While many of these lines were great for the 13'6"-15' rods, many were having to modify lines to match some of newer, shorter, lighter Spey rods on the market. In the last couple of years, manufacturers have begun to design Skagits that were better suited to today's shorter lighter rods. Airflo was the first company to introduce a line of Skagits designed to match almost any Spey/switch rod starting at 360 grain @ 22.5' and going up to 720 grains @ 28.5'. Soon Beulah followed with the Tonic that ranges from 22.5 - 27' and match switch rods as light as 5/6 up to 9 weight spey rods. At the same time Rio launched their line of Skagit Shorts designed for switch and small spey rods. Rio's Skagit Short range from 275 grains to 525 grains and are 20' in length. As the popularity of Airflo's Compact Skagit grew, Rio soon followed suit with their new Skagit Flight than range from 425 grains @ 24'to 750 grains @ 31'. Now there are almost too many choices out there for an angler to choose from. This just shows the growth and popularity and Skagit and Spey casting.

While there are many options out there to choose from, it is extremely important to make sure you get the proper line for your Spey/switch rods. The other thing to remember is that not all line recommendations will work for you. Many anglers prefer different loads in their rod while casting. Some prefer a heavier, deeper load(more grains), while others like a lighter load(less grains) and cast more off the tip. If you have had any two-hand casting experience, you should have an idea which you might prefer. That being said, if you are a beginner and have not spent any time with a two-handed rod, it is best to get a recommendation from a reliable source and go with a line that is "middle of the road" as far as grain weight it concerned. Many fly shops have employees that Spey fish and can give an angler a good line recommendation. There is also a decent amount of god info on the internet but be careful not to always listen to the internet experts, aka(speypages forums). Shops such as Kiene's Fly Shop have some excellent and knowledgeable Spey information and can provide the correct Skagit line recommendations.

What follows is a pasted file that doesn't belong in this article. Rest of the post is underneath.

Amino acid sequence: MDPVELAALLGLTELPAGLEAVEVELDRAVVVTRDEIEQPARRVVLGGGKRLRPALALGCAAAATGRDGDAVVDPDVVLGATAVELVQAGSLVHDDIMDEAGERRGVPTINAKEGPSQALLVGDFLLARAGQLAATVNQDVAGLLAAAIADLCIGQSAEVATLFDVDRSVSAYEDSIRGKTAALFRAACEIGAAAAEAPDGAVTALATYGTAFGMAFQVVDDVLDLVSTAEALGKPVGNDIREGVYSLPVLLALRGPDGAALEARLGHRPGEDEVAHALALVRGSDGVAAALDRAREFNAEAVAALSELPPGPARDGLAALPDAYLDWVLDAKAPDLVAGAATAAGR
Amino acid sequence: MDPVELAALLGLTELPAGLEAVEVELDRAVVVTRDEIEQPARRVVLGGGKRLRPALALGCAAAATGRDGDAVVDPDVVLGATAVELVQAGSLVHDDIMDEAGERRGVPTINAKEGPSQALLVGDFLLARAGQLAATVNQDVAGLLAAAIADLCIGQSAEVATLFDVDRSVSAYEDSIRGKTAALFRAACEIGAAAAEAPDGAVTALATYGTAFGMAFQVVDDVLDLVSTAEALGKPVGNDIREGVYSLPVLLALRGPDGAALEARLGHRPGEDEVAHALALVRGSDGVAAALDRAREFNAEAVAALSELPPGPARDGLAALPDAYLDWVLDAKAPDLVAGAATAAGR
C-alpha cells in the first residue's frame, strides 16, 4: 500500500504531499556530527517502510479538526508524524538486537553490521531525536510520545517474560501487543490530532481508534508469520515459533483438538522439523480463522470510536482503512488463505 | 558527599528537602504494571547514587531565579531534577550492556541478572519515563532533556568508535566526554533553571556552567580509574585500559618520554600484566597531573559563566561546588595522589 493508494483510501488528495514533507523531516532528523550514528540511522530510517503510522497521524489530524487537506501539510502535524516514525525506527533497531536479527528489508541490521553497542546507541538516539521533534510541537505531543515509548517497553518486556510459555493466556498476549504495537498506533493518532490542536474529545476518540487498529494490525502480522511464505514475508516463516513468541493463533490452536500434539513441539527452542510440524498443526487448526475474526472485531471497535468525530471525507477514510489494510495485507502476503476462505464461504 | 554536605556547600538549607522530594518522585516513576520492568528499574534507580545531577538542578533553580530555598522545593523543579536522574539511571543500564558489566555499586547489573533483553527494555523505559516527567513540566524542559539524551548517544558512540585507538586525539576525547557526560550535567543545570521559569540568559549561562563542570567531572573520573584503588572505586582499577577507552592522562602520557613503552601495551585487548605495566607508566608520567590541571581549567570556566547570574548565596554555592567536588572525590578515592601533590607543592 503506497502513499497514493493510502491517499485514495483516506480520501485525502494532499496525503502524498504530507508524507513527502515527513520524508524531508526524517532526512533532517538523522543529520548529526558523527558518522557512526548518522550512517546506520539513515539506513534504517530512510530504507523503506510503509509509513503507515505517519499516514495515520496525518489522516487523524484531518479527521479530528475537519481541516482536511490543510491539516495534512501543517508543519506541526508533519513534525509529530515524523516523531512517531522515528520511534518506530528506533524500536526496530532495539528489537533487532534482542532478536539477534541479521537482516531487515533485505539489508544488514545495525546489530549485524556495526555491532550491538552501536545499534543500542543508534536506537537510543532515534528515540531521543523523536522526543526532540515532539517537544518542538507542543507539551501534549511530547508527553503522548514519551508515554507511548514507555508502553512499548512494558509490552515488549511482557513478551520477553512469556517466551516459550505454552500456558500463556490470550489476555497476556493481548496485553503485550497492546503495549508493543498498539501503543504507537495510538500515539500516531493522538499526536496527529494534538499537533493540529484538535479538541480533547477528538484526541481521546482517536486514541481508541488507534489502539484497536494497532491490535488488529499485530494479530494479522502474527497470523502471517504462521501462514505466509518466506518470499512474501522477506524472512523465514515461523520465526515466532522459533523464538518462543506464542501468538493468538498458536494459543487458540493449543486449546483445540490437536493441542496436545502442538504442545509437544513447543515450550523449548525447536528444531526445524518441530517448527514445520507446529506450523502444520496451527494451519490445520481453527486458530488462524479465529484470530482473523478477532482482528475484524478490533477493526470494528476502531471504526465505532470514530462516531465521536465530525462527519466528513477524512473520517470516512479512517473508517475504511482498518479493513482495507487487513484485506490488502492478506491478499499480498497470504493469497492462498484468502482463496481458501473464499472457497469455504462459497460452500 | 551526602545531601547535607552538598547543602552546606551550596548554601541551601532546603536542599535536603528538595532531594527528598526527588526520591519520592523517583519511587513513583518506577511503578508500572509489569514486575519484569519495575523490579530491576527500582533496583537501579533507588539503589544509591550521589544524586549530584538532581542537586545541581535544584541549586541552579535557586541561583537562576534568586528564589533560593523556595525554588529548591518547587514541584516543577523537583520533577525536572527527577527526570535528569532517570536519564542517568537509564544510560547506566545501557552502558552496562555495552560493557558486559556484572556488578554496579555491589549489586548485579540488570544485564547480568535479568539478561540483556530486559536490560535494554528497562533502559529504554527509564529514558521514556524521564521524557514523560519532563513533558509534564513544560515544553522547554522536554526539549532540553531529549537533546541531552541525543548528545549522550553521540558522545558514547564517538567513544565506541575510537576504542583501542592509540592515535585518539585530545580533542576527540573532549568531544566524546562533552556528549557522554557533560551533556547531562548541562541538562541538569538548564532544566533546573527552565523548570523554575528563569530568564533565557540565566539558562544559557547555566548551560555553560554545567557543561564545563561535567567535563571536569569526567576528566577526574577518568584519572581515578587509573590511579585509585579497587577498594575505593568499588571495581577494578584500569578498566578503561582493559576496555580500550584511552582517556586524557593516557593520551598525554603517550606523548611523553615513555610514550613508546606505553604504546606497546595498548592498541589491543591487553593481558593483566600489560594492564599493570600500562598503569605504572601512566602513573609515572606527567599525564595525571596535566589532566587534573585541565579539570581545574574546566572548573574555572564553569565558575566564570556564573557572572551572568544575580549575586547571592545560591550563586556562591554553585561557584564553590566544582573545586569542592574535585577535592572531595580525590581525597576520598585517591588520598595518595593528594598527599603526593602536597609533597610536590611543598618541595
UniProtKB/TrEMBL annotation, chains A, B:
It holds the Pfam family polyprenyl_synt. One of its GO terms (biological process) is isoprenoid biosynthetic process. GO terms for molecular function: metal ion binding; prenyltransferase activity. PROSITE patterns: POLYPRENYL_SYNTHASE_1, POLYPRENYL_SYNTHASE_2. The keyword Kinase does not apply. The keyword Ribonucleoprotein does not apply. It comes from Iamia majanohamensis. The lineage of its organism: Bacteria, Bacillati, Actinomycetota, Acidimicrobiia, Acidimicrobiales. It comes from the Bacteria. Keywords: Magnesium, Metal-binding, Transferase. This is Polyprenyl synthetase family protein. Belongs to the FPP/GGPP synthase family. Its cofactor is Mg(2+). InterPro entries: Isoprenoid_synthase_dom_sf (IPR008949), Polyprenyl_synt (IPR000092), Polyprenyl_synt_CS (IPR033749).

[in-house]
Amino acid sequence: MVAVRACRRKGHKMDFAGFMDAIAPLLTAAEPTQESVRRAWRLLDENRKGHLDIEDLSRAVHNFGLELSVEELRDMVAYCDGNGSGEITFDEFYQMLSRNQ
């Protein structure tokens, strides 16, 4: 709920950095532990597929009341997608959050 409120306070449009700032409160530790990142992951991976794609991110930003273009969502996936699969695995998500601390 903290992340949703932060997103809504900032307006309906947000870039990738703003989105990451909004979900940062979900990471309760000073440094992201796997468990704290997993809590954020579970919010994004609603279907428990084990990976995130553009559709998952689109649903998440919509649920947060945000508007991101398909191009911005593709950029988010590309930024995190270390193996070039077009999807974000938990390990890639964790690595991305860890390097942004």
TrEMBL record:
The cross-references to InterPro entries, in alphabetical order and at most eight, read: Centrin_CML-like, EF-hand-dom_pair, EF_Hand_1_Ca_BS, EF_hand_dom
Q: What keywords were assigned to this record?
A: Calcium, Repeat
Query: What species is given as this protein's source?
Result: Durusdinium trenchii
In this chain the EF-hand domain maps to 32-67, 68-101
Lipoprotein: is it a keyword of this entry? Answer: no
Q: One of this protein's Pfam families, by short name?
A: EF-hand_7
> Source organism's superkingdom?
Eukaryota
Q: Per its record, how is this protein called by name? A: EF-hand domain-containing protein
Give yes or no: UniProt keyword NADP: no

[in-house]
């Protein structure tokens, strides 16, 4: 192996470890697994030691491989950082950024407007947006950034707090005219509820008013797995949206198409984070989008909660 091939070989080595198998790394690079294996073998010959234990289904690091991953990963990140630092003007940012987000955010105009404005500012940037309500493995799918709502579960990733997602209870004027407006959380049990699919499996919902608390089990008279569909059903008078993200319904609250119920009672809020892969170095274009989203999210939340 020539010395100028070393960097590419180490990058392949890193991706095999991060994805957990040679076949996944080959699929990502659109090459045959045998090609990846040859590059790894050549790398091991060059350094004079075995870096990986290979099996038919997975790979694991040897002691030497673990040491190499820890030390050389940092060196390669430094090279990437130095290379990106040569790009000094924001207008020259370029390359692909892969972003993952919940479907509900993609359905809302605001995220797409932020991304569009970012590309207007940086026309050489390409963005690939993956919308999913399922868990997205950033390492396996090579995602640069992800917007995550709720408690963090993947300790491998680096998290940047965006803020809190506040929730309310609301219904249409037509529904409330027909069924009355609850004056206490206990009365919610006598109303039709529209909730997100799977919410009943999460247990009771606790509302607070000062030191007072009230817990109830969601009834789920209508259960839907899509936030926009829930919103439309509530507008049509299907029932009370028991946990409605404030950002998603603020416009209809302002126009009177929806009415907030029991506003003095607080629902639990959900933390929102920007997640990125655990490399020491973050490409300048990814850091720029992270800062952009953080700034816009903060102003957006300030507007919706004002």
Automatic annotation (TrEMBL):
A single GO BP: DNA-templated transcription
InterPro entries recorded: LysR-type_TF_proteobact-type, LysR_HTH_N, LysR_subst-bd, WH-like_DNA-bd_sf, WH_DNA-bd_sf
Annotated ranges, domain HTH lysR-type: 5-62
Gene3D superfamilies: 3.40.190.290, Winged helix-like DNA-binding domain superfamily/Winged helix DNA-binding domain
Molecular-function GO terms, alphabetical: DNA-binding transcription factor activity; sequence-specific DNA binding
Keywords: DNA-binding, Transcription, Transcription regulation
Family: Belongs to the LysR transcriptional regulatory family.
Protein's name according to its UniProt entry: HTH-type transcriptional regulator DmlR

Taipei Mullet said...

Hi Jason, Which line is going to make me awesome? I just want to throw "lasers" on every cast. Can you help me? Zach

Jason Hartwick said...

I think there is a new "lightsaber" spey rod on the market guaranteed to throw tighter "laser". Red and green color schemes only. Should pair nice with a compact skagit.

FlySwinger said...

Good post. There's definitely a big difference in sizing line with Spey and switch rod as opposed to single-handed rods. From my own experience, Rio has been pretty good with their recommendations. That said, when I started out casting this way I didn't have any experience to draw from and had to dive right in and figure it out. In a way, Rio's recommendations conditioned me for the kind of load I like, because my only option was to learn how to cast what they recommended for my rod. Once I learned how to cast my first set-up, I tend to prefer that type of rod-load, though I'm learning to adapt to other set-ups as my casting progresses.

You might be interested to know that there are a few of us here in MT who fish Skagit set-ups almost exclusively for trout year-round.